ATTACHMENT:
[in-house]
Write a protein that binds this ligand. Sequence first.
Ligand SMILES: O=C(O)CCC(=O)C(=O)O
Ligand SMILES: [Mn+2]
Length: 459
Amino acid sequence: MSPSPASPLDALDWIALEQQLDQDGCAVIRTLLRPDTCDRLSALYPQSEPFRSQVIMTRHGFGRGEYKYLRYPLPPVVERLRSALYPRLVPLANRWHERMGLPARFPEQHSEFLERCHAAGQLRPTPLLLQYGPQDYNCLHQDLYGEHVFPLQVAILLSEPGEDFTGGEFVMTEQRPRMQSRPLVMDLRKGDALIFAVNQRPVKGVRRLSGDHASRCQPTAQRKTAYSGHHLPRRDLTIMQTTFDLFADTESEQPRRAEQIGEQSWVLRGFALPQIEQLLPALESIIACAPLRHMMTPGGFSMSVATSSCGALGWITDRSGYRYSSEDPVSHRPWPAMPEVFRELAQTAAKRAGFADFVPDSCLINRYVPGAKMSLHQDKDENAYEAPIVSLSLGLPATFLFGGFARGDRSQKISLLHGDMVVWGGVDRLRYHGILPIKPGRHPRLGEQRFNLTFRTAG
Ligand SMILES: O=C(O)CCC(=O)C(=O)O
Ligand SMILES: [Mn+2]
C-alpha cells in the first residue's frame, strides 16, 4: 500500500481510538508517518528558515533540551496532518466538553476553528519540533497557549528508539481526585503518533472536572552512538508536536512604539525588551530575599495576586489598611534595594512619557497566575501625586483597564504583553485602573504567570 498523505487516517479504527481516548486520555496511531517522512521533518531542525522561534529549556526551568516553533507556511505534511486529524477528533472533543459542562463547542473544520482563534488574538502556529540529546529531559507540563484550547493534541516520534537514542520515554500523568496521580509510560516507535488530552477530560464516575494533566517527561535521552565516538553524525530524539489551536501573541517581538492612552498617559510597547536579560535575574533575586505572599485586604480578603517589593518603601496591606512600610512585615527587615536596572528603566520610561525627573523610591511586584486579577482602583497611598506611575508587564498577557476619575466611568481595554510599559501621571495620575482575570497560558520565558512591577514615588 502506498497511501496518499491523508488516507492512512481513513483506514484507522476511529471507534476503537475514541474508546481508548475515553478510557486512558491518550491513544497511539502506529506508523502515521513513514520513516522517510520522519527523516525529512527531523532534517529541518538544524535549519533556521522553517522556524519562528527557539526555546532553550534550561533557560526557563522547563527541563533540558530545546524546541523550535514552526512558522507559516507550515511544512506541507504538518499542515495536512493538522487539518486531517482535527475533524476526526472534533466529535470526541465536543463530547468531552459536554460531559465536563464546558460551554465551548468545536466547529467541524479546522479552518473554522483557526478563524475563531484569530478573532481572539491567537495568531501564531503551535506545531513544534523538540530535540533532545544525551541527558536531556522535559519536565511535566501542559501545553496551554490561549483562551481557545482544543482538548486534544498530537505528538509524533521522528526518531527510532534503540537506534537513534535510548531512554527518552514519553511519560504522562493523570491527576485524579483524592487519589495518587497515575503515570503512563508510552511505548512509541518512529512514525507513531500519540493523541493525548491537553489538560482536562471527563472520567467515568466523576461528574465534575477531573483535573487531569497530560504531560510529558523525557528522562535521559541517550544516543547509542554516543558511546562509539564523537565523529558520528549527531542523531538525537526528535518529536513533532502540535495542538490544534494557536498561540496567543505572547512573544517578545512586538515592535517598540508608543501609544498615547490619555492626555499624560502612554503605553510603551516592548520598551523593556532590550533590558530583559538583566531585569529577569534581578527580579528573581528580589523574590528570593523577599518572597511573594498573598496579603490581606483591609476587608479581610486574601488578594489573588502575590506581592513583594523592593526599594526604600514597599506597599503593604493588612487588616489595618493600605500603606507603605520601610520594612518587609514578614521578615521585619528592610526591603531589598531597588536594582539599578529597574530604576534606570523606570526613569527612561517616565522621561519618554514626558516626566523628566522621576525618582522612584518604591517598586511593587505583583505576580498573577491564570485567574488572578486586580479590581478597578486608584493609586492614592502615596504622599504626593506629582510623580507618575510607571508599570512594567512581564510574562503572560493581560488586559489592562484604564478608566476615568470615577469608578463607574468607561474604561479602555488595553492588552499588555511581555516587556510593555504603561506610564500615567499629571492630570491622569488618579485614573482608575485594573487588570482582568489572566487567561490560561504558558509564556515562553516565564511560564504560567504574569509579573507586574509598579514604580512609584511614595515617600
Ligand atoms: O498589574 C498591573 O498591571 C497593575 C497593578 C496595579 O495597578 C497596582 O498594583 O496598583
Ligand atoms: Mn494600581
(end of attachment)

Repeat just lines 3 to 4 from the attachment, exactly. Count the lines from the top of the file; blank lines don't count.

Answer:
Ligand SMILES: O=C(O)CCC(=O)C(=O)O
Ligand SMILES: [Mn+2]